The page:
Knesset bans alcohol sales after 11 p.m.

Last minute laws include IDF tuition subsidy.

By REBECCA ANNA STOIL, JPOST.COM STAFF
July 22, 2010 00:26
3 minute read.
Illustrative photo

Alcohol 311. (photo credit: Ariel Jerozolimski)

In what has now become a Knesset tradition, a long chain of bills were passed into law on Wednesday during the final hours of the Knesset’s summer session, which covered a wide range of social issues but offered no surprises.

Many of the laws won the unanimous support of coalition and opposition members alike.

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By a unanimous vote of 38- 0, MKs outlawed the sale of alcohol at stores between the hours of 11 p.m. and 6 a.m.

Restaurants and pubs are not covered by the legislation, but kiosks, gas station convenience stores, markets and pharmacies will be subject to the prohibition, with violators facing a minimum penalty of NIS 9,000.

The law also allows police to seize alcohol being consumed in public and pour out the contents of the bottles.

The law emerged from a combination of bills introduced by the government, led by Public Security Minister Yitzhak Aharonovitch (Israel Beiteinu), and private legislation initiated by Likud MKs Haim Katz and Yariv Levin, Israel Beiteinu MKs David Rotem and Robert Ilatov, MK Uri Orbach (Habayit Hayehudi), MK Avraham Michaeli (Shas) and MK Muhammad Barakei (Hadash).



When the cabinet first approved the bill in late 2009, Prime Minister Binyamin Netanyahu threw his weight behind the measure, deeming it important in combating rising alcohol consumption among youth.

“According to the World Health Organization, Israel is second in the world in consumption of alcohol by 11- year-olds, and the rate of consumption among 15-to-17- year-olds is over 50 percent,” Netanyahu said at the time.

“We are at the onset of an epidemic.

We are in need of this legislation promptly. Israel is waiting for it.”

Also on Wednesday, Deputy Minister Gila Gamliel (Likud) saw a happy conclusion to 18 months of work spent preparing one of the first laws passed during the day’s long session.

It will cover tuition for the first year of undergraduate studies for students who served in the IDF or performed national service.

The scholarship will be valid at colleges located in the periphery or in Judea and Samaria, and will go into effect retroactively for anyone released from service since January. It can be applied as early as the coming academic year.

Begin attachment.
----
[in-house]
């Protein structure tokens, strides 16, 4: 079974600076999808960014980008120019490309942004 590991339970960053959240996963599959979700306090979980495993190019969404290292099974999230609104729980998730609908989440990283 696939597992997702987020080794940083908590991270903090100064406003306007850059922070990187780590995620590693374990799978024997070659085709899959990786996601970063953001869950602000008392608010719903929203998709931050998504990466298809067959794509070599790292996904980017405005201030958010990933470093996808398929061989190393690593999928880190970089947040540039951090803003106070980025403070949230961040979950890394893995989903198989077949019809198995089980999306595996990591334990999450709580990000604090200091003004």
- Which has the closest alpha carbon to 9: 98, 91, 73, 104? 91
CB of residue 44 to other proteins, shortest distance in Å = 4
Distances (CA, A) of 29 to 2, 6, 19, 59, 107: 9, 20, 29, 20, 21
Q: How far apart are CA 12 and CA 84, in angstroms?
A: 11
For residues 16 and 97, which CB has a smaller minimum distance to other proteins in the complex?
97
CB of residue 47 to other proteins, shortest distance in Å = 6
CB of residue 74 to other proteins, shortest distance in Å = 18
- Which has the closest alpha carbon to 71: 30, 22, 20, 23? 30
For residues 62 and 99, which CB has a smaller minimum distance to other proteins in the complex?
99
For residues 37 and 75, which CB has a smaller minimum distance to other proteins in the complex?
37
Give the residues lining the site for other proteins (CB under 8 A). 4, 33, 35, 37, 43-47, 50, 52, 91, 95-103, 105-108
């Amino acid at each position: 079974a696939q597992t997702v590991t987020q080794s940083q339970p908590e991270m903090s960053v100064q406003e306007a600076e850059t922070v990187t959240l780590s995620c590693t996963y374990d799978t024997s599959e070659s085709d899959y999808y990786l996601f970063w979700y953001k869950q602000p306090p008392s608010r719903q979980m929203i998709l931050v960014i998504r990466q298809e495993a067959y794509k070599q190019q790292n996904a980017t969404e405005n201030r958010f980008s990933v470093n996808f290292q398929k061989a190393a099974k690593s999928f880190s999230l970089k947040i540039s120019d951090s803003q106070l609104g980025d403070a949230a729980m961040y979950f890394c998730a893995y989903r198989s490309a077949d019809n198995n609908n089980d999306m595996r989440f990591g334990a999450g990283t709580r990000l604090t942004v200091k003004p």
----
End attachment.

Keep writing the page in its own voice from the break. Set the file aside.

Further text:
The measure, noted Gamliel, has been promised an annual budget of NIS 80 million.

The law also grants special benefits to students from the periphery who have completed IDF or national service, including a free year of precollege preparation and an upto- 50% discount on their college tuition.

Gamliel, who has been tasked by the prime minister with advancing issues concerning students, youth and women, said she hoped the legislation would eventually be extended to include colleges in other parts of the country, particularly Jerusalem.

“This law will bring a positive revolution to higher education in Israel,” Gamliel said.

“It will significantly reduce the gaps in Israeli society and will make higher education more accessible to all young Israelis.

“This law recognizes and values those who give their time, their energy and their best years to the country, and encourages IDF, national and civilian service.”

Deputy Prime Minister Silvan Shalom (Likud), who also holds the Negev and Galilee Development portfolio, said that “this law will constitute an additional incentive in the long line of incentives that my ministry is leading to encourage young, strong and educated people to settle in the periphery.”

Shalom added that he will continue his efforts to include Ben-Gurion University of the Negev in Beersheba and Ashkelon Academic College in the list of institutions subsidized by the new legislation.

In the course of the torrent of legislation, it only took 15 MKs to correct what another measure’s sponsor, MK Zevulun Orlev (Habayit Hayehudi), described as 50 years of waiting to provide a basis in law for the Israel Academy of Sciences and Humanities.

While the academy has existed for decades, the lack of a clear status for the organization’s advisory capacity to the government had led to what Science and Technology Committee Chairman MK Meir Sheetrit (Kadima) termed a “weakening of its status” in recent years.

The law details – and expands – the role of the academy, including tasking it with carrying out a national situation assessment of scientific research and development, as well as advancing scientific activities and interdisciplinary research in Israel.


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